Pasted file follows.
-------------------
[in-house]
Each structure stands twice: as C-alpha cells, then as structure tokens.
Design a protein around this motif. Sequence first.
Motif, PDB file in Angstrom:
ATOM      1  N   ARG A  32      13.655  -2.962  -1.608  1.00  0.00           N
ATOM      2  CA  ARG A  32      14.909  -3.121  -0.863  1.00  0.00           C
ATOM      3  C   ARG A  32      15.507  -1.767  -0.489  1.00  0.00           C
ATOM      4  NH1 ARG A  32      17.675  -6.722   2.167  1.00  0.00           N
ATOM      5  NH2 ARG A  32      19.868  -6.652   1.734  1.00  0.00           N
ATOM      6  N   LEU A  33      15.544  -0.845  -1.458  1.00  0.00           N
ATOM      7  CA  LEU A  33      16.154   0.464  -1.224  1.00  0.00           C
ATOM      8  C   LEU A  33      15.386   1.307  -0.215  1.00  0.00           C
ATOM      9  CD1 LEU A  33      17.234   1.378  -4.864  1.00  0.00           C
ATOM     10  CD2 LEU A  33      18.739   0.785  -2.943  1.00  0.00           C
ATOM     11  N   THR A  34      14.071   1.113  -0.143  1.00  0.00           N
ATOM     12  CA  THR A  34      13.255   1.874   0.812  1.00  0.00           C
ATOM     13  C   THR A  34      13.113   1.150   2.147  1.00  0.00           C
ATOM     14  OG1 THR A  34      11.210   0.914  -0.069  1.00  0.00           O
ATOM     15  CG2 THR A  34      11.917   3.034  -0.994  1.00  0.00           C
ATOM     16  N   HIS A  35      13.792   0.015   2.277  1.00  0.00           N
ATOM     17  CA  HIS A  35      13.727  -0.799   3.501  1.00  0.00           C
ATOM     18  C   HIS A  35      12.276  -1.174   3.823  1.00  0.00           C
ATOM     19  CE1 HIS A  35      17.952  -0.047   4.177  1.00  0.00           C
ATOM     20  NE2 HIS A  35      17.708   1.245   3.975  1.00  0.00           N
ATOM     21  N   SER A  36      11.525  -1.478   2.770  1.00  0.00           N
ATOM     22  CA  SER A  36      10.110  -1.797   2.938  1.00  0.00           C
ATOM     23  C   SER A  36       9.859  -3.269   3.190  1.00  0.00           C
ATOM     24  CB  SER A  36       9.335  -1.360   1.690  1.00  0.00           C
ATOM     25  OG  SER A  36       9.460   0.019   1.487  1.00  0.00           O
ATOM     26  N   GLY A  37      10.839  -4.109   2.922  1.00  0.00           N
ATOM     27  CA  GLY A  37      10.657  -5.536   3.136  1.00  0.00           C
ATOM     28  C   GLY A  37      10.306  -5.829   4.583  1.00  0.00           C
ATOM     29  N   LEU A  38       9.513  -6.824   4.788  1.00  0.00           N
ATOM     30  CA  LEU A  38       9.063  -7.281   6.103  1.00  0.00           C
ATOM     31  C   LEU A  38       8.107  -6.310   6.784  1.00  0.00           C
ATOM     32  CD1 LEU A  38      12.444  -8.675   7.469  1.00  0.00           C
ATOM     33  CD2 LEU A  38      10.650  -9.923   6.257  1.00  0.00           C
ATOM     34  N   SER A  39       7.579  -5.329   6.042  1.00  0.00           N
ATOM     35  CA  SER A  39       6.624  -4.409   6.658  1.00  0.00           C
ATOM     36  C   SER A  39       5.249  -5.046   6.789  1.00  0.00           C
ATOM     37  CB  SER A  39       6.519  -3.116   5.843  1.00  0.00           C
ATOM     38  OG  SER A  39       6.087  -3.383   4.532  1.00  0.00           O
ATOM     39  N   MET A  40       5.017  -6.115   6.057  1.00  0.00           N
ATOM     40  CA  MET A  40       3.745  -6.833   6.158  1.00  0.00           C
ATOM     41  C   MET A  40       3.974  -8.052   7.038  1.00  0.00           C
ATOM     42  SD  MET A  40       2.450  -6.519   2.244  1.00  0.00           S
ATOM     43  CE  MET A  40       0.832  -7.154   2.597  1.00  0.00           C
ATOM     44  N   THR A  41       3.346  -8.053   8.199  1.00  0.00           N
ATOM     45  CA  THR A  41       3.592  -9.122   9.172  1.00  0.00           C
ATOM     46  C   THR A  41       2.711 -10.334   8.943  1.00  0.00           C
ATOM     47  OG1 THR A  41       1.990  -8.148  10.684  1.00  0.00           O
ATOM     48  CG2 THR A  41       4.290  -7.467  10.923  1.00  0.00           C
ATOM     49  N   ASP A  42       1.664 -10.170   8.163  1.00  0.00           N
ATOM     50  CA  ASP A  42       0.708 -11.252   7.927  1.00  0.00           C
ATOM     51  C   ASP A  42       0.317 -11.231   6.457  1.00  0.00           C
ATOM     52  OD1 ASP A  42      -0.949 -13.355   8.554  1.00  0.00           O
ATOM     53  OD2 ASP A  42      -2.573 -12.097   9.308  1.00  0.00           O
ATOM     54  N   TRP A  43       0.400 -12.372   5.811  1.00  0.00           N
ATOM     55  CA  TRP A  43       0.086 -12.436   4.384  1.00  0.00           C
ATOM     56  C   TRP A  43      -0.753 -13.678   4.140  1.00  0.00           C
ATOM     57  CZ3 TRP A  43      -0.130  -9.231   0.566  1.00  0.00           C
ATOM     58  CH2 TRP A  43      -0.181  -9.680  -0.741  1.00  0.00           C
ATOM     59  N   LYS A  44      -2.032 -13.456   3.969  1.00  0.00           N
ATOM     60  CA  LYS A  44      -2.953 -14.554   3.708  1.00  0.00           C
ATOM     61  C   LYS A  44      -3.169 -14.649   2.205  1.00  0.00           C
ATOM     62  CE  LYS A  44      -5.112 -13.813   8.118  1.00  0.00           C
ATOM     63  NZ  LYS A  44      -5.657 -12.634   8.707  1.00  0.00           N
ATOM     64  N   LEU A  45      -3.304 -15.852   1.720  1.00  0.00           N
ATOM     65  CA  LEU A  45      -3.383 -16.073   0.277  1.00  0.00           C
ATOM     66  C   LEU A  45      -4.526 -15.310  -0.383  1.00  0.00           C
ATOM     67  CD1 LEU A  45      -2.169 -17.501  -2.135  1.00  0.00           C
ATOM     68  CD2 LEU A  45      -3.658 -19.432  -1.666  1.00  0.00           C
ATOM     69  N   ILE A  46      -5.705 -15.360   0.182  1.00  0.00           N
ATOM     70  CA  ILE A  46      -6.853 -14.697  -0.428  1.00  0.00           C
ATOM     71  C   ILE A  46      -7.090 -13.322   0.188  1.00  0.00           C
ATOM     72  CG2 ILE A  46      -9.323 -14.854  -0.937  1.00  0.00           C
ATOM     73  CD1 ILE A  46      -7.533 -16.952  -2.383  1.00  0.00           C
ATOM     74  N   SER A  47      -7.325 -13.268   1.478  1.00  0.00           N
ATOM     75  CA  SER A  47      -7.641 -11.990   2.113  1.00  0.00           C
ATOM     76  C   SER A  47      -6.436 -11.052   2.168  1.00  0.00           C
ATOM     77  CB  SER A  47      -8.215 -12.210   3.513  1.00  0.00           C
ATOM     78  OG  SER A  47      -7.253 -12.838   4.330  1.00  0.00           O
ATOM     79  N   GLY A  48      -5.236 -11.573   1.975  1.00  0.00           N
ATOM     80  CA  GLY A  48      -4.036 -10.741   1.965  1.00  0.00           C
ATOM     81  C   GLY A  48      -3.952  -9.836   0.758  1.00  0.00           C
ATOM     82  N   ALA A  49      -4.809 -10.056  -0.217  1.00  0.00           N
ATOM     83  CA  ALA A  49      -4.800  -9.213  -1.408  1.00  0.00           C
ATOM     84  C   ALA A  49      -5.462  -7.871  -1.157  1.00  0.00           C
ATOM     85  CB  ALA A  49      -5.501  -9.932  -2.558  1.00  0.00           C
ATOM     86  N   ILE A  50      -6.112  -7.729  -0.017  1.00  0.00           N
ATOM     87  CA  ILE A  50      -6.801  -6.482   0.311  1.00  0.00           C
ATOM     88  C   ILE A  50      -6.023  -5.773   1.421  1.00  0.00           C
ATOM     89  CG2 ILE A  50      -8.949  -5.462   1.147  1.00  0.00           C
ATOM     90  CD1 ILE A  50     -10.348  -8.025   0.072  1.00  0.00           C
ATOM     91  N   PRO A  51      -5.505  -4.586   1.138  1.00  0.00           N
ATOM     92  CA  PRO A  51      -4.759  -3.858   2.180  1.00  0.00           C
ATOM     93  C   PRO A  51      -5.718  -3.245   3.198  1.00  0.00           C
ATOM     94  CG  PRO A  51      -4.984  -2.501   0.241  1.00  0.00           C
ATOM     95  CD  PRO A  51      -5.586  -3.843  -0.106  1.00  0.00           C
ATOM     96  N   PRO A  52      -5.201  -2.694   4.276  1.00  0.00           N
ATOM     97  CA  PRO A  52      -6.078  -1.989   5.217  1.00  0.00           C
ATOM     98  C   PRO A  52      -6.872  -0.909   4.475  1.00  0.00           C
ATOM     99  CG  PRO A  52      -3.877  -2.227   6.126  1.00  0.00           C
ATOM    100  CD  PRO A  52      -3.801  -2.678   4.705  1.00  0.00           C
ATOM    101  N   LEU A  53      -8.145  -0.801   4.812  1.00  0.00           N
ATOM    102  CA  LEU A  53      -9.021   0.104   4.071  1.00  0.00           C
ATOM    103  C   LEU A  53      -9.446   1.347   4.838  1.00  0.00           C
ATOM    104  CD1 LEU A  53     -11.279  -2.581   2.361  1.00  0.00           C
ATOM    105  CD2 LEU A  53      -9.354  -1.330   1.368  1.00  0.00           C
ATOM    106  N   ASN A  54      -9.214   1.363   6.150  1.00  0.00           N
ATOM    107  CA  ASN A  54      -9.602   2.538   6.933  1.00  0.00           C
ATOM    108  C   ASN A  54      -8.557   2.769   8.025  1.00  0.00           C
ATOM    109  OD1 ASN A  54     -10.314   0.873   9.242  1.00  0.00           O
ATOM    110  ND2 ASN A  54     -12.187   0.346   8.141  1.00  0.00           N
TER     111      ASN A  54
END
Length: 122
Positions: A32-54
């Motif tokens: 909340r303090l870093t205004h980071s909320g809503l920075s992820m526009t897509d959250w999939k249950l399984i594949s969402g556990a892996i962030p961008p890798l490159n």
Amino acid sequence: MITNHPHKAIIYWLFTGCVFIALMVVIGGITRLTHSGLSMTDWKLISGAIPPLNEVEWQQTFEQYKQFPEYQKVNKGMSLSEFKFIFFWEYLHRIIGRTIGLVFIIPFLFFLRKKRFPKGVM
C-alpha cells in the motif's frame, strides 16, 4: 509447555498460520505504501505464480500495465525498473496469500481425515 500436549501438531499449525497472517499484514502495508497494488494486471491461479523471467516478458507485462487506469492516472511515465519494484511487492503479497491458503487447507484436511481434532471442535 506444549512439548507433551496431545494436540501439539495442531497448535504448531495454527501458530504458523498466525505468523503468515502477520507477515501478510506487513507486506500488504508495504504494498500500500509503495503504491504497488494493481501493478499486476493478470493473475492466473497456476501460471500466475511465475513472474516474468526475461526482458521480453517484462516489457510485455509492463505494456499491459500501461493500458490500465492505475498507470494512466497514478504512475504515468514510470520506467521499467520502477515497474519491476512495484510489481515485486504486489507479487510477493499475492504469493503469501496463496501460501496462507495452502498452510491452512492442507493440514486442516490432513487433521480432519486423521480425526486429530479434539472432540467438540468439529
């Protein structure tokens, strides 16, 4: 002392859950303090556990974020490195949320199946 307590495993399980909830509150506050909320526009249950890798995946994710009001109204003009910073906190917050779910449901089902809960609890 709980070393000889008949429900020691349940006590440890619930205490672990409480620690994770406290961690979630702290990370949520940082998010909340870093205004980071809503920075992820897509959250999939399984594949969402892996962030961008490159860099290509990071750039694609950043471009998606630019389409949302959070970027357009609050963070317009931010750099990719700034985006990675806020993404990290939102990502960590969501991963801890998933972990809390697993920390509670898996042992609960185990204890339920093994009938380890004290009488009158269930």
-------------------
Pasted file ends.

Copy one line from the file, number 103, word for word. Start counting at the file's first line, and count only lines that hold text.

ATOM     99  CG  PRO A  52      -3.877  -2.227   6.126  1.00  0.00           C